19 December 2013

At attention, or at ease?

I was in St. Peter's Square yesterday to receive the blessing of His Holiness Pope Francis at the conclusion of today's General Audience.

Not having a ticket to the audience, I entered the piazza and was surprised to find it only half-filled.  The security forces kindly allowed those of us without tickets - as is the custom - to enter Square up to the point of the wooden barricades, which today were positioned on the opposite side of the great Christmas tree:

I was able to make my way right up to the barricade, just behind one of the Swiss Guard (apparently others thought this was not a good place to stand, since the barricade on either side of him was occupied):

This position turned out to be not a bad one, especially since one can never be too certain when a graced moment will come.

When, finally, the various summarizes of the Pope's address were given in the major languages of the world, the Holy Father stood to pray the Lord's Prayer with the faithful and to impart to them his blessing.

At the conclusion of the Pater Noster, His Holiness gave the usual liturgical greeting for a Bishop: "Peace be with you," which, at this moment, was immediately to be following by the papal blessing.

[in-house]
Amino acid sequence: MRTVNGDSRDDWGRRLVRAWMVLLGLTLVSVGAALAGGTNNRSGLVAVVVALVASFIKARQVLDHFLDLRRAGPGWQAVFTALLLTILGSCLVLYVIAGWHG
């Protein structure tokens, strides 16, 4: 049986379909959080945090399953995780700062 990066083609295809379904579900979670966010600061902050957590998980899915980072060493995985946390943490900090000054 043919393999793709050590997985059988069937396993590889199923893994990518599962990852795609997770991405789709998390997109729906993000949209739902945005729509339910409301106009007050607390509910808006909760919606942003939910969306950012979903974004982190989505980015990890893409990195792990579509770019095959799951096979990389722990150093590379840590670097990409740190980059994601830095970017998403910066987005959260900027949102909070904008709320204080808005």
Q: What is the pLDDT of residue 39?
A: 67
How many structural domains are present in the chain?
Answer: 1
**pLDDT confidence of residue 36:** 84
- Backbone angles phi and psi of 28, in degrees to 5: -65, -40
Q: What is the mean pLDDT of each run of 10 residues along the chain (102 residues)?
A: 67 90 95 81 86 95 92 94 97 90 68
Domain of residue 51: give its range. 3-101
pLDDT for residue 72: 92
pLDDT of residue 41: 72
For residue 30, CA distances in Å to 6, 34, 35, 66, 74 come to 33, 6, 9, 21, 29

As those words were spoken the Swiss Guard, who had been standing "at ease," as it were, clicked his heels together and stood at attention to receive the blessing of the Pope.  Once the blessing had been imparted he returned to being "at ease" and crossed himself.

That simple act of standing at attention to receive the blessing of the Bishop of Rome gave me much to ponder as I made my way back through the streets of the Eternal City to the Casa Santa Maria.  With what devotion, with what gratitude, do we receive blessings?  How attentive are we when receiving a blessing?  What does our posture say about our receptivity and the disposition of our hearts?  Have we allowed ourselves to take blessings for granted?

There once was a time when the faithful would kneel to receive the blessing of a priest.  This change of posture was intended to outwardly manifest an internal and humble desire to be blessed.  Those days are, for the most part, long gone but very soon we will hear and sing with joy, "O, come! Let us adore him!"  How will we do so?  At attention, or at ease?

1 comment:

  1. very interesting observation, mentioning the swiss guard makes think of when I had the privilege of being in Rome and at a Mass said by Pope John Paul. The swiss guard no matter where I saw them or what they where doing where always very professional and took there job and duty very serious but you can tell they each felt it an honor to be there and each one in there own way really is blessed.